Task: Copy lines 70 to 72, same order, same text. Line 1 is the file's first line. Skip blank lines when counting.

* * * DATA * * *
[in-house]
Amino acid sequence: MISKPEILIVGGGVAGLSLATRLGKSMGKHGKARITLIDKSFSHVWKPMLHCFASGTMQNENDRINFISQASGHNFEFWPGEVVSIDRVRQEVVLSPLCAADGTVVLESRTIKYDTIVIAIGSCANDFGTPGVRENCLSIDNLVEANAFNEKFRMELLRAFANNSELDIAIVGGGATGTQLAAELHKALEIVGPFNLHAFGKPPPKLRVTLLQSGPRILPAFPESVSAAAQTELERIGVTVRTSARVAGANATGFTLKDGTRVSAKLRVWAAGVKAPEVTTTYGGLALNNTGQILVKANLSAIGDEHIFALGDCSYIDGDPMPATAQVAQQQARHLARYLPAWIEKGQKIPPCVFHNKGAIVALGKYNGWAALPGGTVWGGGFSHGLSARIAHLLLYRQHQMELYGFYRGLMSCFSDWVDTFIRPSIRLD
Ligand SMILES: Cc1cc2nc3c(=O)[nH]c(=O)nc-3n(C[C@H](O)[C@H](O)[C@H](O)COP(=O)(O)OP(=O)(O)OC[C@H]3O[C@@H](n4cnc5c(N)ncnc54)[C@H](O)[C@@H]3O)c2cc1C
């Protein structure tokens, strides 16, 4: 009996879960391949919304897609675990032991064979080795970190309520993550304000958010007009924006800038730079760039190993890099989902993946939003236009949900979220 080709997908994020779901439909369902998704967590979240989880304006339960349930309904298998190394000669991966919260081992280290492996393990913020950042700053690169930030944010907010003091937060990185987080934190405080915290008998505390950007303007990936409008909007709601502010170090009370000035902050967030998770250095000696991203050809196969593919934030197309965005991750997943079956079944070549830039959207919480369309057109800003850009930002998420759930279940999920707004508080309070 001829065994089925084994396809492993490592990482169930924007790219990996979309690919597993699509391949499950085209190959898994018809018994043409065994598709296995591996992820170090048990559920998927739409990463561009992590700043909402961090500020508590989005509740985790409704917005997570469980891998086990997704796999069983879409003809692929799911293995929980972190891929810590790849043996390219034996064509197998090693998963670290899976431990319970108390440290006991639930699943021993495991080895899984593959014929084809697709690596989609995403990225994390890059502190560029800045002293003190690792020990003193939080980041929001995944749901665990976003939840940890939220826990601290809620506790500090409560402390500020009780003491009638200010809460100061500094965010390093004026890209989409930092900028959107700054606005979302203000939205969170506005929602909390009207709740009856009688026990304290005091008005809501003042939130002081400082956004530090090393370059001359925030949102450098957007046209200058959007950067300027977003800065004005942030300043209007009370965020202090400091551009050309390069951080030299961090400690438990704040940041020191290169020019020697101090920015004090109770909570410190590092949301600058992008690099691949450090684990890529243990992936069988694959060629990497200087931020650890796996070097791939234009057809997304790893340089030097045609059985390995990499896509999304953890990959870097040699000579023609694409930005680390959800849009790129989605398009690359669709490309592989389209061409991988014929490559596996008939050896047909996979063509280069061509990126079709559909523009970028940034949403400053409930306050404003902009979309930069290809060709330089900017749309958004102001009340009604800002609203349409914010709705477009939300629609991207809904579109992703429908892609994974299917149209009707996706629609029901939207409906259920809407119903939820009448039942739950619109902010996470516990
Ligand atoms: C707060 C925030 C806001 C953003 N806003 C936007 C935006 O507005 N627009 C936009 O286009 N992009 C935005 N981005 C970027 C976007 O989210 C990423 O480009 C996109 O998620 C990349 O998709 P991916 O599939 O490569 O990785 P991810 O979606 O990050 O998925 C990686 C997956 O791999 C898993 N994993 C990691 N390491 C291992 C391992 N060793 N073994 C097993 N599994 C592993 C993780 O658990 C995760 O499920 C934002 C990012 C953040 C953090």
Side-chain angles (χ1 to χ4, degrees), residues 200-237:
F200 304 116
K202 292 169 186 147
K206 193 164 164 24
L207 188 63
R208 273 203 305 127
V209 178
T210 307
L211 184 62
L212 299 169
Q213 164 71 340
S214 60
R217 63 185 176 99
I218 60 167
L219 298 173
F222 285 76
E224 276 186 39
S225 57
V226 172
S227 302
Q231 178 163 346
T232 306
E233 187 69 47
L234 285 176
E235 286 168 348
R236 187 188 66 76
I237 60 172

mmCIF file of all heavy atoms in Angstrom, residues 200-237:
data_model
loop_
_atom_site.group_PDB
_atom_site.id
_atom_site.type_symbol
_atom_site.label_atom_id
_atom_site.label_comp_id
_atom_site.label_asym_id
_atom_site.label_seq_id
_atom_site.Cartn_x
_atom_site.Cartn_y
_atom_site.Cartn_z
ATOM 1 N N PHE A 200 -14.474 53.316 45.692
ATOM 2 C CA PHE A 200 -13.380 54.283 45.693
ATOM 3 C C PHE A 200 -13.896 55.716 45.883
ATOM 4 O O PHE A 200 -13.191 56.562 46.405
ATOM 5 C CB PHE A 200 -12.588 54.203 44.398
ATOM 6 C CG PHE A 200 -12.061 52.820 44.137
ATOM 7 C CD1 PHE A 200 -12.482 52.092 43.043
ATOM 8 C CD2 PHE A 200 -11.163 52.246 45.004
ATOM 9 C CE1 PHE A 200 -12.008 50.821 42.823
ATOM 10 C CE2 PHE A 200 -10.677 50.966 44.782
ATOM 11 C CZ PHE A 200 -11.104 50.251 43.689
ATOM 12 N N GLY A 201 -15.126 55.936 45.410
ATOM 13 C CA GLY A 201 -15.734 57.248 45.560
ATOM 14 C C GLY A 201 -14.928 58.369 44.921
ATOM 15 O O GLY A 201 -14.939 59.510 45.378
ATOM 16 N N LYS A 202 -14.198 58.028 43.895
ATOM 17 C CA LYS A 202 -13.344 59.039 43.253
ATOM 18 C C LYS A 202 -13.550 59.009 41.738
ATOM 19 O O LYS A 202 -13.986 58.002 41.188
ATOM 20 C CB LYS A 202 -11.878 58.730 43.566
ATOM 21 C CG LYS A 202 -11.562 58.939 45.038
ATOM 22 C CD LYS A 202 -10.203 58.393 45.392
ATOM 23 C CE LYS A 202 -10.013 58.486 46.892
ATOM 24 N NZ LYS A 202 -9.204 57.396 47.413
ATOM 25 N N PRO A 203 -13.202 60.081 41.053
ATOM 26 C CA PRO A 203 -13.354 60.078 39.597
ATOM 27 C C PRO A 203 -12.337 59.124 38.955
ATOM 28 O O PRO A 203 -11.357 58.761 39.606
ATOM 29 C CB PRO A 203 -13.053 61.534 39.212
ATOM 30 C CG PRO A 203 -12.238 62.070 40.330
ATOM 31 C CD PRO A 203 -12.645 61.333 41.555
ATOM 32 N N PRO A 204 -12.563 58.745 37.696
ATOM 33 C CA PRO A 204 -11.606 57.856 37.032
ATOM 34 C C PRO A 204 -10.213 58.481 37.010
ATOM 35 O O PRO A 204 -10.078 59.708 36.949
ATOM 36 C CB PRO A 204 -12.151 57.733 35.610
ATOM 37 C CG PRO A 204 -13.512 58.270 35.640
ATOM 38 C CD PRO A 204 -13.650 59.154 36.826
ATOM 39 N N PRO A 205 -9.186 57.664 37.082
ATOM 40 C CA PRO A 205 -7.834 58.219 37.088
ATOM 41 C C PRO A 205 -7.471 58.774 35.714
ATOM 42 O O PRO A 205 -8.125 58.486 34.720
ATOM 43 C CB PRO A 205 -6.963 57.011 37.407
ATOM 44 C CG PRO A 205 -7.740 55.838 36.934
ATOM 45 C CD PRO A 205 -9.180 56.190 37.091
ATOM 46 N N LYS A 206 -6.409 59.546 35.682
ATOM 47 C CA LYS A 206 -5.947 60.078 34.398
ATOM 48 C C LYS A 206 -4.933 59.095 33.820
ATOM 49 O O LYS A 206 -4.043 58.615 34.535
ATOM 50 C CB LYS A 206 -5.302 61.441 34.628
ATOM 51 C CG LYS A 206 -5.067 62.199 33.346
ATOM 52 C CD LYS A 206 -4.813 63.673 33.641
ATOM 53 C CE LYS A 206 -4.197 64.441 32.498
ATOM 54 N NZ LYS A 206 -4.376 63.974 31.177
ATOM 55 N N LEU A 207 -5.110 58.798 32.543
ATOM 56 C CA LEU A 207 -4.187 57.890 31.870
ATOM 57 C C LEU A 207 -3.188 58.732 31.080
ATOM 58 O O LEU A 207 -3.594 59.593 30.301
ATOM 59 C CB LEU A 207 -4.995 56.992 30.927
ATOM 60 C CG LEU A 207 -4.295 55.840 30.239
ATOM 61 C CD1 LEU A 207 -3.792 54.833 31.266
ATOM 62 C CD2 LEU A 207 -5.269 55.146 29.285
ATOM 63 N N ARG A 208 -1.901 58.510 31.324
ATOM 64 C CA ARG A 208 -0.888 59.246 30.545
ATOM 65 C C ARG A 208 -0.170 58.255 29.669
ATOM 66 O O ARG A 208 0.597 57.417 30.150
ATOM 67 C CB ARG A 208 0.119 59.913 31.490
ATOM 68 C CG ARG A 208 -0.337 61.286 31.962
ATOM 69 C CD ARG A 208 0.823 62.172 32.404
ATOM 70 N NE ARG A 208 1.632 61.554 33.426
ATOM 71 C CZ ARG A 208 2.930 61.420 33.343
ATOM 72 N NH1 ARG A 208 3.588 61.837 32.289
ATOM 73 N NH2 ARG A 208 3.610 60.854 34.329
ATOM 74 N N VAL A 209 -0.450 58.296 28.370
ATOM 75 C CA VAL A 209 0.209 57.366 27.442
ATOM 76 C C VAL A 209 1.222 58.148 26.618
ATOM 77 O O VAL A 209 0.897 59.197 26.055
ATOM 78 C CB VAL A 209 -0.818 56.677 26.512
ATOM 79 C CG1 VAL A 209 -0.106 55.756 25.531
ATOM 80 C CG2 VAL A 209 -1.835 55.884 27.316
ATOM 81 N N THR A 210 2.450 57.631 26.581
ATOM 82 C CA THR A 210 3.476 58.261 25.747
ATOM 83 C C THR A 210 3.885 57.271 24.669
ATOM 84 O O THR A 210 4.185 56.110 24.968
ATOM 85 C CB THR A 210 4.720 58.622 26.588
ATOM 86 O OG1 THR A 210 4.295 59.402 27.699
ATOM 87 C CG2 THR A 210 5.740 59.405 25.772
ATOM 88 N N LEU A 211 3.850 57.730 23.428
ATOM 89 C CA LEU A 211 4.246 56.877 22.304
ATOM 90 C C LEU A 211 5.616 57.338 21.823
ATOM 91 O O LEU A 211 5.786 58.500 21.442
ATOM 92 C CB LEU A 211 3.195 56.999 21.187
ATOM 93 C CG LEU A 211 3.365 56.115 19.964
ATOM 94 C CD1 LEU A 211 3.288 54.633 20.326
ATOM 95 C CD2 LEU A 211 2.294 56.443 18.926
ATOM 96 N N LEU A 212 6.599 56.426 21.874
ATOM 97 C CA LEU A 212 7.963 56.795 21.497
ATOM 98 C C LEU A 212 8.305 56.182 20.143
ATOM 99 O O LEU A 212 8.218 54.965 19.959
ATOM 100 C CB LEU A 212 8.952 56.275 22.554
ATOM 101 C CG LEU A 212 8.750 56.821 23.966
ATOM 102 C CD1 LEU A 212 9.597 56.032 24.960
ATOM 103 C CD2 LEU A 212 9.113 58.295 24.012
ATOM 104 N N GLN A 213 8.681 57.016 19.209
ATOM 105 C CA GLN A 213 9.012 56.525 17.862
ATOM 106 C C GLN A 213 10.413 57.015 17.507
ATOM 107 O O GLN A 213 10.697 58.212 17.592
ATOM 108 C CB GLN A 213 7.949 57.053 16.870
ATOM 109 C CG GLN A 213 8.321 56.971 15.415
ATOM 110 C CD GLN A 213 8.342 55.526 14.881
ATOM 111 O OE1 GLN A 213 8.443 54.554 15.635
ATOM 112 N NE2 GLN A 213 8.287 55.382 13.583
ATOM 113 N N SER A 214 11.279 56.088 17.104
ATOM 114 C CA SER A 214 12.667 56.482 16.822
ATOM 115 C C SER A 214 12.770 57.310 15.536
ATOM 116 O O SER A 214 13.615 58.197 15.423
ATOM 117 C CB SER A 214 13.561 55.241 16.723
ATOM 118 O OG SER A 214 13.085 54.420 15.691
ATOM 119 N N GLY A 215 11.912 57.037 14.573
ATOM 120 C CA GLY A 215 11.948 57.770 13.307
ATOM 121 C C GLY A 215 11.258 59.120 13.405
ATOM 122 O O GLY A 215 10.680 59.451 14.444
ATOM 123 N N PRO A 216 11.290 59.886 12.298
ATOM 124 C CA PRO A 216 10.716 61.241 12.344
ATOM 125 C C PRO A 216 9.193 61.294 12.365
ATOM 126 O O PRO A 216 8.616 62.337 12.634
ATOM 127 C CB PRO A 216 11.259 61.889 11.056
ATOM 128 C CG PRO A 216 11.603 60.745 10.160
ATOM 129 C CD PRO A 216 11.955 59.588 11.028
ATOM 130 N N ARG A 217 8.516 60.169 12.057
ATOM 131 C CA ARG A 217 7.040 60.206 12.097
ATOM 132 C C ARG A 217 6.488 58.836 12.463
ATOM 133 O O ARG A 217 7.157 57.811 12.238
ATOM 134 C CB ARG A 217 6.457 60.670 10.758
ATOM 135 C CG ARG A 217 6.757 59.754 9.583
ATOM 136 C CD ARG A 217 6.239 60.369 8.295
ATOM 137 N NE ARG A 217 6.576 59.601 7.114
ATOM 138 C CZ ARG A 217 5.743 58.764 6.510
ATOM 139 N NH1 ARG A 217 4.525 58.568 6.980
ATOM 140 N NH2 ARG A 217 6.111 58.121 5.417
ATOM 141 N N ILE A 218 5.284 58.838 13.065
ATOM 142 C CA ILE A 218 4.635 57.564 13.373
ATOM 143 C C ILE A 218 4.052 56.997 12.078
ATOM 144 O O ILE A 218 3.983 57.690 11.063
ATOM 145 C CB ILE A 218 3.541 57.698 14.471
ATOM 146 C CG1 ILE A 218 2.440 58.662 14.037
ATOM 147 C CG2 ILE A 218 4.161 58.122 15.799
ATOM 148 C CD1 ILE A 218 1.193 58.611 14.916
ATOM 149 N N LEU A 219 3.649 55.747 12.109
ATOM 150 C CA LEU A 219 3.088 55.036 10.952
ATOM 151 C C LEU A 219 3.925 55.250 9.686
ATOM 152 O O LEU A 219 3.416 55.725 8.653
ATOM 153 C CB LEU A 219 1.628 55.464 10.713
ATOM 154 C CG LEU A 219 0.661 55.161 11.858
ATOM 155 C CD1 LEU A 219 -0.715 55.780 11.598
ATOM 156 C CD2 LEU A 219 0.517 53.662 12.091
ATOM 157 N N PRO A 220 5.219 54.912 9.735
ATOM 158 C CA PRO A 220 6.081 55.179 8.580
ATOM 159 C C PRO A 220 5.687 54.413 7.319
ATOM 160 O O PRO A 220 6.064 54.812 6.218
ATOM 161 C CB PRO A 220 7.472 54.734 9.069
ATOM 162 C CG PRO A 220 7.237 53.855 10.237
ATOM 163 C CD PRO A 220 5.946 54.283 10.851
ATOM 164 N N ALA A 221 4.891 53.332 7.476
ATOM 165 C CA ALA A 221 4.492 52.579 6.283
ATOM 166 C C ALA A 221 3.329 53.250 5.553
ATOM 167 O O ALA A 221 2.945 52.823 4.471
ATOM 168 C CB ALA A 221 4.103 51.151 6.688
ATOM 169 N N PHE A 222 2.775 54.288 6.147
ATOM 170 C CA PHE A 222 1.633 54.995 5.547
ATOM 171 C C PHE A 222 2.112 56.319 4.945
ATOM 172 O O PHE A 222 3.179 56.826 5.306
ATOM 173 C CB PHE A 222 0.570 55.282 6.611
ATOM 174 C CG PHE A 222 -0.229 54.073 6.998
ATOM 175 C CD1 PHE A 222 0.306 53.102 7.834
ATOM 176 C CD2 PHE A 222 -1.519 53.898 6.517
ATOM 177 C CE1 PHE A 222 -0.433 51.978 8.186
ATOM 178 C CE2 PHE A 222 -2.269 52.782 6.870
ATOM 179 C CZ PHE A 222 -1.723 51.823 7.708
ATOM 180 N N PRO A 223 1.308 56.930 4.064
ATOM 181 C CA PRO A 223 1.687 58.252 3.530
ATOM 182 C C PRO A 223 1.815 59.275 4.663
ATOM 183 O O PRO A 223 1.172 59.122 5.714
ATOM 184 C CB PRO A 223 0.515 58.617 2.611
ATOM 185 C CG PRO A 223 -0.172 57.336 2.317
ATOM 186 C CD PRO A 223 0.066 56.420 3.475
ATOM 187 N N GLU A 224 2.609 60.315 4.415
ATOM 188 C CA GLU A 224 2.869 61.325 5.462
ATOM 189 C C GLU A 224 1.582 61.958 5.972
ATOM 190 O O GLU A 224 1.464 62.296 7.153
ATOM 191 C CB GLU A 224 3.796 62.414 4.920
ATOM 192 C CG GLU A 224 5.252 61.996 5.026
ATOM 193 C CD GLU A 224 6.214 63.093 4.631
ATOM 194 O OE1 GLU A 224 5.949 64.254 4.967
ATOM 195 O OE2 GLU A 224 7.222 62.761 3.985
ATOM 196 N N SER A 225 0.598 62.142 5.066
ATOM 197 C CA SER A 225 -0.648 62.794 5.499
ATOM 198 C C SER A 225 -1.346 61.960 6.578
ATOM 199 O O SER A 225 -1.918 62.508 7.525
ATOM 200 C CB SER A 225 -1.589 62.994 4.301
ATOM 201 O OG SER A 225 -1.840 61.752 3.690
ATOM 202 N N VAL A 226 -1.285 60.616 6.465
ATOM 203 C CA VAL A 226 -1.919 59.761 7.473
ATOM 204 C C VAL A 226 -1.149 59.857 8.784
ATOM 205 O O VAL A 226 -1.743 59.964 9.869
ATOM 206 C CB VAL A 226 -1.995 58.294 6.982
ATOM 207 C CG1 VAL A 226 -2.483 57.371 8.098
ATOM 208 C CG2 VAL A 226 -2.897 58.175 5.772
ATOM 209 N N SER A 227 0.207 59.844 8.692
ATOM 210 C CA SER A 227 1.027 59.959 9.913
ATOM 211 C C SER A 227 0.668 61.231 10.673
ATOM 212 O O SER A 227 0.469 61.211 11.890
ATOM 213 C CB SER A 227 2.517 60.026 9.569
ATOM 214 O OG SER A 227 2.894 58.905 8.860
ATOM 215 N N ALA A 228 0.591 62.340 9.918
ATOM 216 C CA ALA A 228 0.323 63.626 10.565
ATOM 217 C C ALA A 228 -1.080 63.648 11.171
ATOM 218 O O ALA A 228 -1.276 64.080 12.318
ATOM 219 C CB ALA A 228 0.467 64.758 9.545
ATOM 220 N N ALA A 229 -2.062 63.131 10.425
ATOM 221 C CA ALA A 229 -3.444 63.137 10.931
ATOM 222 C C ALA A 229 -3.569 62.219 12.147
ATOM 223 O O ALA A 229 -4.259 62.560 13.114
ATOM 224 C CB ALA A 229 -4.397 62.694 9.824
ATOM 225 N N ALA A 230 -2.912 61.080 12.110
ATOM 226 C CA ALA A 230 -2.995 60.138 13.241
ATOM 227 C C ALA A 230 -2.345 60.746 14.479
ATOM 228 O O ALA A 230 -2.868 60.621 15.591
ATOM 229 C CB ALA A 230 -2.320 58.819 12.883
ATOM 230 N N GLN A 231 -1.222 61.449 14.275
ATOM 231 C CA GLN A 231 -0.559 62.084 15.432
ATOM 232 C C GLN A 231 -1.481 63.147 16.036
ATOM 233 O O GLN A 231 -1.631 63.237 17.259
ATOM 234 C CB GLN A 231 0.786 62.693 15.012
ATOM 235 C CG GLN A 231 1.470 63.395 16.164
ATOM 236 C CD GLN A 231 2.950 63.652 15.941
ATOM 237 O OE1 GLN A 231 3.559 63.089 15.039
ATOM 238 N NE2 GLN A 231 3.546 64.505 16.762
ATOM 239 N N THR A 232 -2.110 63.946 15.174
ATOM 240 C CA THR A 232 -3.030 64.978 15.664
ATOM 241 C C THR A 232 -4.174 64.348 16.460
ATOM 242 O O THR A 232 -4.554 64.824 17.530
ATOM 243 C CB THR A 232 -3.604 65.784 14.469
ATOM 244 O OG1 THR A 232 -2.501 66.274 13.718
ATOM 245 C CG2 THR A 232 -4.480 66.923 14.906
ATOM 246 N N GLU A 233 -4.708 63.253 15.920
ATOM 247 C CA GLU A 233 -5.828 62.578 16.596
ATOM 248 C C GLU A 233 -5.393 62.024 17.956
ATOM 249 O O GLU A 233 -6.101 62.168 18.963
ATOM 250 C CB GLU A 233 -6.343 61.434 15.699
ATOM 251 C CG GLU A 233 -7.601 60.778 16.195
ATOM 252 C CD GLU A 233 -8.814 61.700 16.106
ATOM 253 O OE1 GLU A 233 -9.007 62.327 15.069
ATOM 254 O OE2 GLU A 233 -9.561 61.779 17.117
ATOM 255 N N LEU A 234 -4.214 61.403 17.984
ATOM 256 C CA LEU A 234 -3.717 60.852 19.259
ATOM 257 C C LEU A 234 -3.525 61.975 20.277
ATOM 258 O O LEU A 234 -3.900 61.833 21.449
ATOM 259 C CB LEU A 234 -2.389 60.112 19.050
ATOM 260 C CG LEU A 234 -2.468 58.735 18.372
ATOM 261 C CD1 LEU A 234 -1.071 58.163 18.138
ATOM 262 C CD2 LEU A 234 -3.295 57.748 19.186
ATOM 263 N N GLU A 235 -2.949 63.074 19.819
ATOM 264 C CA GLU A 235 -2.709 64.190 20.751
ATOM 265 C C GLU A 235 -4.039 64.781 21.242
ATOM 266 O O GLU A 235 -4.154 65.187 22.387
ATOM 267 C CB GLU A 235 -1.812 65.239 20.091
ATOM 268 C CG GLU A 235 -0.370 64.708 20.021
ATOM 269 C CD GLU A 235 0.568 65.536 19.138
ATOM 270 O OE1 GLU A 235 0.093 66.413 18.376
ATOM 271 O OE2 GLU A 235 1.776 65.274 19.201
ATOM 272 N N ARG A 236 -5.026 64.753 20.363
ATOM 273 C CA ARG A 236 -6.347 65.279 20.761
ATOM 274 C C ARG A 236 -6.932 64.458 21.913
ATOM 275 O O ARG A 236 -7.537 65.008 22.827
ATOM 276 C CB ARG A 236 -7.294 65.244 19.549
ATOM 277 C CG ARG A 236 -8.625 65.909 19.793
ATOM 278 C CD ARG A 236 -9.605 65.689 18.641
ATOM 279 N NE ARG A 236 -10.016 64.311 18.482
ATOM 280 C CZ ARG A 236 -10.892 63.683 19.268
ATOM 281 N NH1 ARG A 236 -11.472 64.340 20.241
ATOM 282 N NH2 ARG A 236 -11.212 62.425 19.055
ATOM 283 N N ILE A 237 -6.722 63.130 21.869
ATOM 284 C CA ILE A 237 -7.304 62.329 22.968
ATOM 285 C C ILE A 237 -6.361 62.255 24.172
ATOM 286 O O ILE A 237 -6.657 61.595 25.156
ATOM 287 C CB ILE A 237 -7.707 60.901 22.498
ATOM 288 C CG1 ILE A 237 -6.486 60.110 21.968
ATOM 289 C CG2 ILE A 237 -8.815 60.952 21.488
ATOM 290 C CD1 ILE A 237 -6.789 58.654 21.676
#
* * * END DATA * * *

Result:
ATOM 25 N N PRO A 203 -13.202 60.081 41.053
ATOM 26 C CA PRO A 203 -13.354 60.078 39.597
ATOM 27 C C PRO A 203 -12.337 59.124 38.955